Blackout: The Movie

, , , , | Right | August 1, 2018

(I work as a library page at a few different libraries around the county. The power is out throughout the city; fortunately, we are able to remain open as some of the staff have been trained to do “paper checkouts” for the books. Unfortunately, we can’t check out DVDs, as they are kept in an electronic sorting tower. We put signs up everywhere explaining this, but some patrons refuse to comprehend the problem. One man fills his basket up with DVD cases — you scan the case and the machine spits out the discs — then spends ten minutes staring at the machine.)

Me: “I’m sorry, but we can’t check out DVDs because the power is out and the machine isn’t working.”

Patron: “Can’t you just turn it back on?”

Me: “Sorry, no. The power is out.”

Patron: “Just turn on the machine and get my DVDs.”

Me: “I can’t do that, sir. The power is–“

Patron: “This is ridiculous! You should be able to get my movies! You people are way too dependent on technology these days. These things wouldn’t happen if you just had books like the old libraries did!”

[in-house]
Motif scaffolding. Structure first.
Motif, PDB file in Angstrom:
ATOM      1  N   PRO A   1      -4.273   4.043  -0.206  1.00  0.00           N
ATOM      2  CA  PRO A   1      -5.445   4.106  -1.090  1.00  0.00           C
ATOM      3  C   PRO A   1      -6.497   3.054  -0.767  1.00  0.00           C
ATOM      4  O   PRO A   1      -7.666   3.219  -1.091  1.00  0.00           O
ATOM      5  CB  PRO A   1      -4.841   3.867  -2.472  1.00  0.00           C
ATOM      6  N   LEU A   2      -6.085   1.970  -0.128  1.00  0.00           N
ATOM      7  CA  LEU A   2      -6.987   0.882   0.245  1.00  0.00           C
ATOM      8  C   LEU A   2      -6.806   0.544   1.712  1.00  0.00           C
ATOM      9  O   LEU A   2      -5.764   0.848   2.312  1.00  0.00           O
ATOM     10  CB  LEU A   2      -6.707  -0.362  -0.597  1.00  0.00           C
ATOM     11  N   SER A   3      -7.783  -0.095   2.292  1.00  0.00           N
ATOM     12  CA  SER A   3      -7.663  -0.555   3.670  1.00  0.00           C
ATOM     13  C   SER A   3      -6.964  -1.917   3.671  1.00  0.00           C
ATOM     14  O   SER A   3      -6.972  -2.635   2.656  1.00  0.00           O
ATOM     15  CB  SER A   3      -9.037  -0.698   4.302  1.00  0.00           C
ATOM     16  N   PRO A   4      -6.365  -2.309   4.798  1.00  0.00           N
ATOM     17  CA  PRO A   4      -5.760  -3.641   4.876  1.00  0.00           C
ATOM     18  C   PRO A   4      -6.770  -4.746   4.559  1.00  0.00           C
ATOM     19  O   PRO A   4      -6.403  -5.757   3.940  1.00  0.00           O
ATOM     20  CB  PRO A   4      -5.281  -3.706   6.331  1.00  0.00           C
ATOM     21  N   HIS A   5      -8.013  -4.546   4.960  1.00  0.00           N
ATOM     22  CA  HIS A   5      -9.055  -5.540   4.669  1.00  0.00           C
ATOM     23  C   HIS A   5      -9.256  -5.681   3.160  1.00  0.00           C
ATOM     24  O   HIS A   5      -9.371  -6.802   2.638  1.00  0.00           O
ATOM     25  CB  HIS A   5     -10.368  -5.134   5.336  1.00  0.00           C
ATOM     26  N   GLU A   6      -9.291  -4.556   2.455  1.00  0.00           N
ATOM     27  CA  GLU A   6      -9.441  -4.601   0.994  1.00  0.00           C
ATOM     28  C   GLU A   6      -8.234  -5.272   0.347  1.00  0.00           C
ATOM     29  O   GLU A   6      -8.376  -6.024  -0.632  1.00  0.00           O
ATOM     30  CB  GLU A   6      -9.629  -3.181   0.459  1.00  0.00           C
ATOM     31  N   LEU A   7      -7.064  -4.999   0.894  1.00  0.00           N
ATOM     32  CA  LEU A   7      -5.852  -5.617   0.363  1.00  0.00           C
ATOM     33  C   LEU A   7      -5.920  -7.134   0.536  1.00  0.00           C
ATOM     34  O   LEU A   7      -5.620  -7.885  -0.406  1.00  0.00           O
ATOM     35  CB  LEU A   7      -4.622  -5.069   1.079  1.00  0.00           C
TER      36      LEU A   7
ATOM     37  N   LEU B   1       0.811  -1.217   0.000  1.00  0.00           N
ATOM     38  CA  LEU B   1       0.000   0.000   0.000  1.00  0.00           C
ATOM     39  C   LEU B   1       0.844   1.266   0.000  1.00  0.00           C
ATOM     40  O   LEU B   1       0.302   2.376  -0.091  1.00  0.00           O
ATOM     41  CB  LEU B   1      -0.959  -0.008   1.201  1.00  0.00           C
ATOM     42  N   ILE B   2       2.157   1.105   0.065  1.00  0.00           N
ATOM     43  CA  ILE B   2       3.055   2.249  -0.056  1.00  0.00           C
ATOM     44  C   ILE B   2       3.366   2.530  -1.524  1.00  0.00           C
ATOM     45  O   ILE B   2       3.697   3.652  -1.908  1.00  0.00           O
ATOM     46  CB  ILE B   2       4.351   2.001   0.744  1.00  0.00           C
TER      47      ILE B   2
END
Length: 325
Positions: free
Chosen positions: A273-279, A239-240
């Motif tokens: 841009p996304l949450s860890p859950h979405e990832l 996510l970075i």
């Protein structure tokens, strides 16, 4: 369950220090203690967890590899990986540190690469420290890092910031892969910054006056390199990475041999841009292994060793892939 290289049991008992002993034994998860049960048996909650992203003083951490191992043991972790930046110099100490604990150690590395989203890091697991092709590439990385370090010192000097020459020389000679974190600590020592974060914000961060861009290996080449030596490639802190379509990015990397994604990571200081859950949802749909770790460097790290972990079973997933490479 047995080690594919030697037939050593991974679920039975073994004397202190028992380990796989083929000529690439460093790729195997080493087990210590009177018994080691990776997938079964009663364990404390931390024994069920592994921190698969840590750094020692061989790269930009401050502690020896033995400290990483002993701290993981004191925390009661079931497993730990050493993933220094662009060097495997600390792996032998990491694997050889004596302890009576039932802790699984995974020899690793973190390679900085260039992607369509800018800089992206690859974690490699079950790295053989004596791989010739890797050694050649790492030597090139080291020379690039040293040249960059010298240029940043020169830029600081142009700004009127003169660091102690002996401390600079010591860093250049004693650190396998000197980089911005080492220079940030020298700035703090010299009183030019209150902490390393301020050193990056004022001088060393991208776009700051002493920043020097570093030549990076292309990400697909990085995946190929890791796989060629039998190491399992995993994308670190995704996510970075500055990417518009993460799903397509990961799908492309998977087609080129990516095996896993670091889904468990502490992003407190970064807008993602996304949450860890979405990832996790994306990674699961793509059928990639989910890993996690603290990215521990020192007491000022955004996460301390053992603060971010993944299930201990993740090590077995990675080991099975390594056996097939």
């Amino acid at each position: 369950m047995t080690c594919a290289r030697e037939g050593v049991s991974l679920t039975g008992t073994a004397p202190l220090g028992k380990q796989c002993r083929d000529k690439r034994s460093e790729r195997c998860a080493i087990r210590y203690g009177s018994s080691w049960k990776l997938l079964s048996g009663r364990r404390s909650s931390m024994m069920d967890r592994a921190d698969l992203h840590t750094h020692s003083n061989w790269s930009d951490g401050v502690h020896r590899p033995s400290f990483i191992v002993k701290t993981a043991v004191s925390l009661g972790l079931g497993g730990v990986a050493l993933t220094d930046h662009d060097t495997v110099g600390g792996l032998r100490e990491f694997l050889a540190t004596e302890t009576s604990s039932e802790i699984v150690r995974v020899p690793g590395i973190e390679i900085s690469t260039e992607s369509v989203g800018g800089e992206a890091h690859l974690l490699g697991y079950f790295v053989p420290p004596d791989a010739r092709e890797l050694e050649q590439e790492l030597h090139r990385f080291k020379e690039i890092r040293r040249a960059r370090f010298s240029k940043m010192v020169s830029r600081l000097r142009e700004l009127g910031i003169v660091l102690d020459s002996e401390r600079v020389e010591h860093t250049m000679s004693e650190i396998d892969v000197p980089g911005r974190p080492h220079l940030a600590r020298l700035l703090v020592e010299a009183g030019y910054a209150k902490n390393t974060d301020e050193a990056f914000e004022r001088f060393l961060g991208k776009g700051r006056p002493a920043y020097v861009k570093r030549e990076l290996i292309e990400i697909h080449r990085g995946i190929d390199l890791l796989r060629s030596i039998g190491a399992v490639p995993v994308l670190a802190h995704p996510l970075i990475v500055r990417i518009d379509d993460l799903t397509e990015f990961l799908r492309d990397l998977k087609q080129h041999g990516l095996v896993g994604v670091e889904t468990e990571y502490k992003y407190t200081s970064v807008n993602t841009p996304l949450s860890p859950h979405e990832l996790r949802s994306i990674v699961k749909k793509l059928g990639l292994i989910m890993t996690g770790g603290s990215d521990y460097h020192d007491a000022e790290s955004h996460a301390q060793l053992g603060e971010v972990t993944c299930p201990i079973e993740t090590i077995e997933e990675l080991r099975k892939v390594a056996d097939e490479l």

Me: “Well, fortunately, we can check out books for you. The people at the front desk would be happy to help–“

Patron: “Oh, so, you have books, but no movies?”

Me: “Well, our staff is trained to check out books using a paper system. Unfortunately, the movies can’t be checked out, because they are stored in the machine, which isn’t working because the power is out.”

Patron: “Then turn it back on!”

Me: “The power is out for the whole town, sir. I’m sorry, but I can’t just turn it on.”

Patron: “You don’t have to get smart with me! I think I should talk to your supervisor.”

Me: “All right, but I’m sure she’ll tell you the same thing.”

(I get her. She reiterates what I’ve just told him.)

Patron: *angrily throwing down his basket of DVD cases* “Ridiculous! I’ll take my business somewhere else. I’m never coming back here again.” *storms out*

(I don’t think he understood that he’d have a tough time finding FREE movies anywhere else. Oh, well. His taxes still pay to keep the library in business, anyway.)

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